Once you’ve given serious consideration to the pros and cons of expanding your small business and feel comfortable that the answer is a definite yes then there are several actions required. The first one is to produce a detailed Business Plan (we’ll come back to this) before you decide which source of growth finance is right for you and your business. Let’s look at the various types of growth finance and the major considerations associated with each.


RETAINED PROFITS – this relates to the ‘free’ cash the business has generated as profit over the previous years of trading.┬áThe upside is that this carries no cost in terms of interest payments or giving away of ownership of the business. However, it is likely that a small business will only have relatively little retained profit and this will mean your growth trajectory will be very slow. It also provides no room for unseen issues during the growth process.

FAMILY AND FRIENDS – if you have wealthy parents or generous friends then this is an option. However, growing a small business is very stressfull and there are good times and bad times. Can the relationship you have with this group of financers survive the bad times? What will life be like if you ultimately fail to return their investment?

BANK OVERDRAFT – if you have a good track record with your Bank then your relationship manager may be prepared to extend a short term overdraft facility to help with expansion. However, it won’t be a large sum of money, have a short timescale for repayment and will attract a high rate of interest. Also be wary of the dreaded Directors Guarantee that many Banks will demand from you – this will put your personal assets, including your home, at risk.

BANK LOAN – similar to an overdraft but with a longer term for repayment and legally binding controls over your personal assets if you fail to repay the loan. Banks nowadays are very cautious about lending to small businesses following the problems caused during the financial crash eight years ago. They will expect to see at least 3 years of consistent profits and solid cash flow.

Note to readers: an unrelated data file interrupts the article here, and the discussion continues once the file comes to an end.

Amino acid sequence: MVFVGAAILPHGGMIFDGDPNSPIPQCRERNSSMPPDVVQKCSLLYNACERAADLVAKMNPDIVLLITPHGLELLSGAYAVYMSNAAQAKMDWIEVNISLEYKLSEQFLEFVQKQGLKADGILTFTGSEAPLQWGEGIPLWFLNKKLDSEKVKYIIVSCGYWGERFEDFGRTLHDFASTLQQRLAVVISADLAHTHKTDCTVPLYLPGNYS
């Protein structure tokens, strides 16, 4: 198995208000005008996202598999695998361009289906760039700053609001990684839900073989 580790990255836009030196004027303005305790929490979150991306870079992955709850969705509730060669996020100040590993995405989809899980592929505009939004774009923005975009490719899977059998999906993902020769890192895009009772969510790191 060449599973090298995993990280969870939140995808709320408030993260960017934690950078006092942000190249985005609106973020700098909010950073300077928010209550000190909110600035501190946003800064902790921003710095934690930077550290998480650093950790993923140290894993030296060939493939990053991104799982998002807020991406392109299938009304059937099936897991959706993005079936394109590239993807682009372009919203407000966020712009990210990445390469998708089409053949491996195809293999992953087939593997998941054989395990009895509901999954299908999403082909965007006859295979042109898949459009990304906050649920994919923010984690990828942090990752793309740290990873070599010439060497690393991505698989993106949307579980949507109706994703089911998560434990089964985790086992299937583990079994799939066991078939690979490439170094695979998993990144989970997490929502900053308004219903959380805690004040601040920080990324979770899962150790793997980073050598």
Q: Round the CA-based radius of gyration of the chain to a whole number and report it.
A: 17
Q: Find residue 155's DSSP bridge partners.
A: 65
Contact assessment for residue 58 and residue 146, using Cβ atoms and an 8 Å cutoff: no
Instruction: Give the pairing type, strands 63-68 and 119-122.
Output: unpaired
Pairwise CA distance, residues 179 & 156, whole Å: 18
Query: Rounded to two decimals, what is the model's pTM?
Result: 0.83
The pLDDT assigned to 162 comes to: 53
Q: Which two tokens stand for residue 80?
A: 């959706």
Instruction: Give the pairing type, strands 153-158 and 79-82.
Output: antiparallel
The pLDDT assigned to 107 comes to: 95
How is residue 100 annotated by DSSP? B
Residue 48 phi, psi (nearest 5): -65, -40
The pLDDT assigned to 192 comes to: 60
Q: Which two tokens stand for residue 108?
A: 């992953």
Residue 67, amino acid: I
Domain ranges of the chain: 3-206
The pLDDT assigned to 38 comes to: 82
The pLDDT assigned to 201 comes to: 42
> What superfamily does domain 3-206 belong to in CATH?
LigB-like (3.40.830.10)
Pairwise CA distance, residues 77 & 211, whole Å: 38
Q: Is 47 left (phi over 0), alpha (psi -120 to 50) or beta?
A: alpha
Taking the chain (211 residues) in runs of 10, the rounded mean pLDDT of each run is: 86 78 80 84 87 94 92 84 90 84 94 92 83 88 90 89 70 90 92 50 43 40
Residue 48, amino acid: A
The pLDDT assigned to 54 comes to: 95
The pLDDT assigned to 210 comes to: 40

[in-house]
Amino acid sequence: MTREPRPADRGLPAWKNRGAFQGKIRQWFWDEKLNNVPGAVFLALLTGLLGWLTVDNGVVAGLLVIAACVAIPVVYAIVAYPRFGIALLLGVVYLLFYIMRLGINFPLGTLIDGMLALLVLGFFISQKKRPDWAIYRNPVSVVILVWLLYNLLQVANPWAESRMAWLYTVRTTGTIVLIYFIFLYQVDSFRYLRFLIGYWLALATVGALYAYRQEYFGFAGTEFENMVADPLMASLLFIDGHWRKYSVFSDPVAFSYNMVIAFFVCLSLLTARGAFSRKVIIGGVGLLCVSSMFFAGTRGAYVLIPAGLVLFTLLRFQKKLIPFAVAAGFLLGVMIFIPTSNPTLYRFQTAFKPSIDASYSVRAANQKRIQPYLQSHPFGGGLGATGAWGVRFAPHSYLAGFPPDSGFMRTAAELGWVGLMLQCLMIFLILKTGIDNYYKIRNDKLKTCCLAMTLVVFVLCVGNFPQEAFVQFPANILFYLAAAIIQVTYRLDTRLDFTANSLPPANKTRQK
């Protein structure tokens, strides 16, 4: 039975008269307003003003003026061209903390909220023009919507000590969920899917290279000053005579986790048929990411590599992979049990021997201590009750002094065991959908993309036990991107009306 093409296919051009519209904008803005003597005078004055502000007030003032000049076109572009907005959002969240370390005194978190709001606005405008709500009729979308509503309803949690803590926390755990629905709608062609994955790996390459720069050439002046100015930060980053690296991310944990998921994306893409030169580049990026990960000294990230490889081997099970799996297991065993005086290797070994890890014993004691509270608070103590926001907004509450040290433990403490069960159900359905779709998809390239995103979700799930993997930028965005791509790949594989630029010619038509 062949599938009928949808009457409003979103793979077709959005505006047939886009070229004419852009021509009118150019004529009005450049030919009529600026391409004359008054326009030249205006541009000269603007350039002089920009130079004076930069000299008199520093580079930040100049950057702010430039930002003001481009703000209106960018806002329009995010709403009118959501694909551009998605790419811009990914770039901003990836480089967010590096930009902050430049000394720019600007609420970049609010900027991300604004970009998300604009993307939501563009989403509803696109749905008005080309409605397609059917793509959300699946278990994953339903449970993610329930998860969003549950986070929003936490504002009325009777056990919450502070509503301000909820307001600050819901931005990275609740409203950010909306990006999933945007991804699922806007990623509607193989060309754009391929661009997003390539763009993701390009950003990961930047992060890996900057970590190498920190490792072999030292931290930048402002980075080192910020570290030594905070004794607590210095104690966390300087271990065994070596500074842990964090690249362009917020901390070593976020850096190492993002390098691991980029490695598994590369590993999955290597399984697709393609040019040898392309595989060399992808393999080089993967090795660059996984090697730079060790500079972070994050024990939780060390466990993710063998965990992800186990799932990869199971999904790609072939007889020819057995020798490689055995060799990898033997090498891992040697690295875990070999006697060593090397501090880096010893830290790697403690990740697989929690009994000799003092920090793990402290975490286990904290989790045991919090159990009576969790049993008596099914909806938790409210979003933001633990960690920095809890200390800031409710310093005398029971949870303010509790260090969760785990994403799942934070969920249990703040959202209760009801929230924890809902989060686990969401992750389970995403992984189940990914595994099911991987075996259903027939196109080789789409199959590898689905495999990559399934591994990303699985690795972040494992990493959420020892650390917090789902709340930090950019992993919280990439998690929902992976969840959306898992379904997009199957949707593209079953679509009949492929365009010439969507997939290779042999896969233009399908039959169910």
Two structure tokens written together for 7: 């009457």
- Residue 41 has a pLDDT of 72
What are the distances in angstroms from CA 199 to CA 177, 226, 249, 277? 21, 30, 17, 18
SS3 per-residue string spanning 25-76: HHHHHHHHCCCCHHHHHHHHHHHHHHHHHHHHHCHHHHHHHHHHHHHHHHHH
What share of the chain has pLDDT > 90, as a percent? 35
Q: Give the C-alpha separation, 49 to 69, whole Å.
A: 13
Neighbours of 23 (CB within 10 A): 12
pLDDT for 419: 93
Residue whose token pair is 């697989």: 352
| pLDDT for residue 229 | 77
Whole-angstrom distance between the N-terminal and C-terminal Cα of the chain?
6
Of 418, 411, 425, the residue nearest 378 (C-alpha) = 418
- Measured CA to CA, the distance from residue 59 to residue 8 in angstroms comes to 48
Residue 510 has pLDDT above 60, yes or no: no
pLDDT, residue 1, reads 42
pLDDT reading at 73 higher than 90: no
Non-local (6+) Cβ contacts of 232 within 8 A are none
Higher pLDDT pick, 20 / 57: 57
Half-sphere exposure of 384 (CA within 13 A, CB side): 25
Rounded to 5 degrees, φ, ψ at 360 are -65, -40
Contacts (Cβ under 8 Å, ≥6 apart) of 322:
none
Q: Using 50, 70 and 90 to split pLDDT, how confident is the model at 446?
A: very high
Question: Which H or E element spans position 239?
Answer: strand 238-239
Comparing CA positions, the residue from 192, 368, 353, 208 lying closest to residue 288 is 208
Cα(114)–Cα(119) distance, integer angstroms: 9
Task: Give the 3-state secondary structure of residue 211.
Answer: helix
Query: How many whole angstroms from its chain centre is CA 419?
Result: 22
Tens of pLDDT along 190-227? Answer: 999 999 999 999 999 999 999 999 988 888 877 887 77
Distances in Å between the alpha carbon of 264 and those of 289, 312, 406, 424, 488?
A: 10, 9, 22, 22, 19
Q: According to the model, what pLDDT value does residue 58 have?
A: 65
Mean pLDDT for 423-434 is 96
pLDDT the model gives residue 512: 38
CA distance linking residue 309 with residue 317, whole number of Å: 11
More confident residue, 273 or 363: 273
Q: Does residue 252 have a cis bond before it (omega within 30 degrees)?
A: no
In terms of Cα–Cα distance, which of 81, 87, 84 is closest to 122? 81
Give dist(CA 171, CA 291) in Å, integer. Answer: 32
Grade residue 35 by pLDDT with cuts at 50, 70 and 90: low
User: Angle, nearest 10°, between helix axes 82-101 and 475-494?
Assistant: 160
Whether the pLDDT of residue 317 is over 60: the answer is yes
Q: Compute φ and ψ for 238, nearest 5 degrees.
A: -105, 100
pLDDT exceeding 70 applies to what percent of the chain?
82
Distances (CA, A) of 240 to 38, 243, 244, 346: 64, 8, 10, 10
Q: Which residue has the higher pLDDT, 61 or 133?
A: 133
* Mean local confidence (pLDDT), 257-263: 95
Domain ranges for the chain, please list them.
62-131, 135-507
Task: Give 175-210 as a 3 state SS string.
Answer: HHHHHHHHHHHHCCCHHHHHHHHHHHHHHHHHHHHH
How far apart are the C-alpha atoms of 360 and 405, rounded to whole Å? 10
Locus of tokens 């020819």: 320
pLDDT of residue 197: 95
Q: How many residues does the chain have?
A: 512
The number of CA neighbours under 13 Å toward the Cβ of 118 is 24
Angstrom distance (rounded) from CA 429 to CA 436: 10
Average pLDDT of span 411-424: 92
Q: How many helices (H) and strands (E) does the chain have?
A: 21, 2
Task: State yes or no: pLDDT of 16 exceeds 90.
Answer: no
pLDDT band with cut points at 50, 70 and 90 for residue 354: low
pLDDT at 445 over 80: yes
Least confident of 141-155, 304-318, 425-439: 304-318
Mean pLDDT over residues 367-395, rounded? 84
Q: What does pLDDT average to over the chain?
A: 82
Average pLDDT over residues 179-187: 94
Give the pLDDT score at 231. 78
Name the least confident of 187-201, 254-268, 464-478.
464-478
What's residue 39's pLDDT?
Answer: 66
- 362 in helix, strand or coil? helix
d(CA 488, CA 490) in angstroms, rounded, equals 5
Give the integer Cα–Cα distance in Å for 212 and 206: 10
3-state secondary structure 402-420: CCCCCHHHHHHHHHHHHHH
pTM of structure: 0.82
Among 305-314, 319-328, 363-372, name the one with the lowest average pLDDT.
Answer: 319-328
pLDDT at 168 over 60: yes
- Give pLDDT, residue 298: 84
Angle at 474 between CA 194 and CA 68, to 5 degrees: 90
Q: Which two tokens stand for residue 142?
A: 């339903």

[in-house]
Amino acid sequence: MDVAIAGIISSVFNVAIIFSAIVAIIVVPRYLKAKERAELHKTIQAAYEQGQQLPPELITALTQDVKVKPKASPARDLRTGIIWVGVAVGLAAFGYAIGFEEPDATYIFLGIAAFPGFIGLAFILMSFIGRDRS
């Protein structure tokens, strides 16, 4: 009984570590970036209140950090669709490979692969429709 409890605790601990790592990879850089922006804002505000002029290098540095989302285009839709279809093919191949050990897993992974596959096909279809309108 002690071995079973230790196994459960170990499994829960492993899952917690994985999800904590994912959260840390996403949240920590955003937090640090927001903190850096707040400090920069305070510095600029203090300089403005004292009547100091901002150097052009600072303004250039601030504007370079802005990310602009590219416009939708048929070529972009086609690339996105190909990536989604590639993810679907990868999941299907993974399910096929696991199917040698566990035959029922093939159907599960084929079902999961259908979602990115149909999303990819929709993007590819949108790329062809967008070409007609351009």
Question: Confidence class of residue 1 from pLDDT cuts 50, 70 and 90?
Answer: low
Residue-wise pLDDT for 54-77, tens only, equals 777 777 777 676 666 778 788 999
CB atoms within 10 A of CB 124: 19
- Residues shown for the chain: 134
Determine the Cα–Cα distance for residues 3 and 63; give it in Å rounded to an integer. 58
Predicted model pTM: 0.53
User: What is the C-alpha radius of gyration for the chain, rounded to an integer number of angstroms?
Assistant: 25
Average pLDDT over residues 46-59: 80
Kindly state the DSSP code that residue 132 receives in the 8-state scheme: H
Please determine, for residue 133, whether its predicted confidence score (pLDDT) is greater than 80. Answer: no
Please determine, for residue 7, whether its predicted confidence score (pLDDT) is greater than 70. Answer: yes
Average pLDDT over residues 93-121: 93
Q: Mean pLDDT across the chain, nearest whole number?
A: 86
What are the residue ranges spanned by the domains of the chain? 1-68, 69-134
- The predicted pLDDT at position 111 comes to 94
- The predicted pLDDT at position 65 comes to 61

CROWD FUNDING AND PEER TO PEER – this relatively new form of growth finance has been facilitated by recent developments in technology. They allow potential investors to invest small amounts of money across many small businesses. This type of investment either attracts a rate of interest (similar to a Bank loan) or the giving up of some of your shares in the businesses. The downsides include the need for several years of unblemished trading, the possibility that you will have many minor shareholders in the business and once again the Directors Guarantee.

ANGEL INVESTMENT – this option involves an individual or small group of people in a syndicate investing in your small business in return for a number of your shares. This may bring with it help from the investor in terms of coaching and or mentoring as well as hands on business advice. The downside is a reduced ownership of your business and potentially less control. However, if the investment valuation is performed correctly and the terms of the agreement negotiated with the assistance of legal advice, then this is an ideal way to fund the growth of your small business.

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